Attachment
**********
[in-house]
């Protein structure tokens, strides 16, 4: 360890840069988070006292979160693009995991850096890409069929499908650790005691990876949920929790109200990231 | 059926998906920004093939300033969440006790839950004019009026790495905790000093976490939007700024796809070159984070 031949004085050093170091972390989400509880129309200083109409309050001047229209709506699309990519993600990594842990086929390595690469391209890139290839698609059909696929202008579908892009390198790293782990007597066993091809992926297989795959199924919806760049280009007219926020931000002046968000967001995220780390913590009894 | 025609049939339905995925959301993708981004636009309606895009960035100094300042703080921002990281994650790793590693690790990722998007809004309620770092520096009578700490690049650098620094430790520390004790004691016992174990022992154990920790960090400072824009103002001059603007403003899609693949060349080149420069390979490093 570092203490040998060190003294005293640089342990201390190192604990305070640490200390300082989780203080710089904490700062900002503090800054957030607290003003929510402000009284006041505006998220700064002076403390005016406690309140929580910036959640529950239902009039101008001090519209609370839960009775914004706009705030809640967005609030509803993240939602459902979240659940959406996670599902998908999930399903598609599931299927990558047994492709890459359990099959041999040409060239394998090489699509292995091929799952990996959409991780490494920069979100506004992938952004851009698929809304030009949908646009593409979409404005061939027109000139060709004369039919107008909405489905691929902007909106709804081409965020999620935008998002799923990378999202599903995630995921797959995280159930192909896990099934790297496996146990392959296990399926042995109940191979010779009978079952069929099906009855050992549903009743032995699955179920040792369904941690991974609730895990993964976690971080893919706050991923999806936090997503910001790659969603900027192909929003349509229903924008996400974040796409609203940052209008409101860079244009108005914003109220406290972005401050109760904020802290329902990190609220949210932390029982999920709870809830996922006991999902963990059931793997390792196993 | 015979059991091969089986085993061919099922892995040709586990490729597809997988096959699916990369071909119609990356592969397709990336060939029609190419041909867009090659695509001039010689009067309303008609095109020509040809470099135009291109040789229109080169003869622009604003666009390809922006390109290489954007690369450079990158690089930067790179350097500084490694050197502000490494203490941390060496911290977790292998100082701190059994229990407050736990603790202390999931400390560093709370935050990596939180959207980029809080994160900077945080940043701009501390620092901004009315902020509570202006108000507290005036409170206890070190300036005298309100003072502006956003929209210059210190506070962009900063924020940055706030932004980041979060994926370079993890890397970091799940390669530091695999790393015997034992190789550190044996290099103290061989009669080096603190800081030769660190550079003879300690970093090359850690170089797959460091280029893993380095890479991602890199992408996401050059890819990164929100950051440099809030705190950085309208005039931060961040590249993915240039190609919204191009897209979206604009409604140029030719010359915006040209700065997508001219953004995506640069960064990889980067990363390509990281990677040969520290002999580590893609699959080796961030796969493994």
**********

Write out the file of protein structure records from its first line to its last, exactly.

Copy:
[in-house]
């Protein structure tokens, strides 16, 4: 360890840069988070006292979160693009995991850096890409069929499908650790005691990876949920929790109200990231 | 059926998906920004093939300033969440006790839950004019009026790495905790000093976490939007700024796809070159984070 031949004085050093170091972390989400509880129309200083109409309050001047229209709506699309990519993600990594842990086929390595690469391209890139290839698609059909696929202008579908892009390198790293782990007597066993091809992926297989795959199924919806760049280009007219926020931000002046968000967001995220780390913590009894 | 025609049939339905995925959301993708981004636009309606895009960035100094300042703080921002990281994650790793590693690790990722998007809004309620770092520096009578700490690049650098620094430790520390004790004691016992174990022992154990920790960090400072824009103002001059603007403003899609693949060349080149420069390979490093 570092203490040998060190003294005293640089342990201390190192604990305070640490200390300082989780203080710089904490700062900002503090800054957030607290003003929510402000009284006041505006998220700064002076403390005016406690309140929580910036959640529950239902009039101008001090519209609370839960009775914004706009705030809640967005609030509803993240939602459902979240659940959406996670599902998908999930399903598609599931299927990558047994492709890459359990099959041999040409060239394998090489699509292995091929799952990996959409991780490494920069979100506004992938952004851009698929809304030009949908646009593409979409404005061939027109000139060709004369039919107008909405489905691929902007909106709804081409965020999620935008998002799923990378999202599903995630995921797959995280159930192909896990099934790297496996146990392959296990399926042995109940191979010779009978079952069929099906009855050992549903009743032995699955179920040792369904941690991974609730895990993964976690971080893919706050991923999806936090997503910001790659969603900027192909929003349509229903924008996400974040796409609203940052209008409101860079244009108005914003109220406290972005401050109760904020802290329902990190609220949210932390029982999920709870809830996922006991999902963990059931793997390792196993 | 015979059991091969089986085993061919099922892995040709586990490729597809997988096959699916990369071909119609990356592969397709990336060939029609190419041909867009090659695509001039010689009067309303008609095109020509040809470099135009291109040789229109080169003869622009604003666009390809922006390109290489954007690369450079990158690089930067790179350097500084490694050197502000490494203490941390060496911290977790292998100082701190059994229990407050736990603790202390999931400390560093709370935050990596939180959207980029809080994160900077945080940043701009501390620092901004009315902020509570202006108000507290005036409170206890070190300036005298309100003072502006956003929209210059210190506070962009900063924020940055706030932004980041979060994926370079993890890397970091799940390669530091695999790393015997034992190789550190044996290099103290061989009669080096603190800081030769660190550079003879300690970093090359850690170089797959460091280029893993380095890479991602890199992408996401050059890819990164929100950051440099809030705190950085309208005039931060961040590249993915240039190609919204191009897209979206604009409604140029030719010359915006040209700065997508001219953004995506640069960064990889980067990363390509990281990677040969520290002999580590893609699959080796961030796969493994």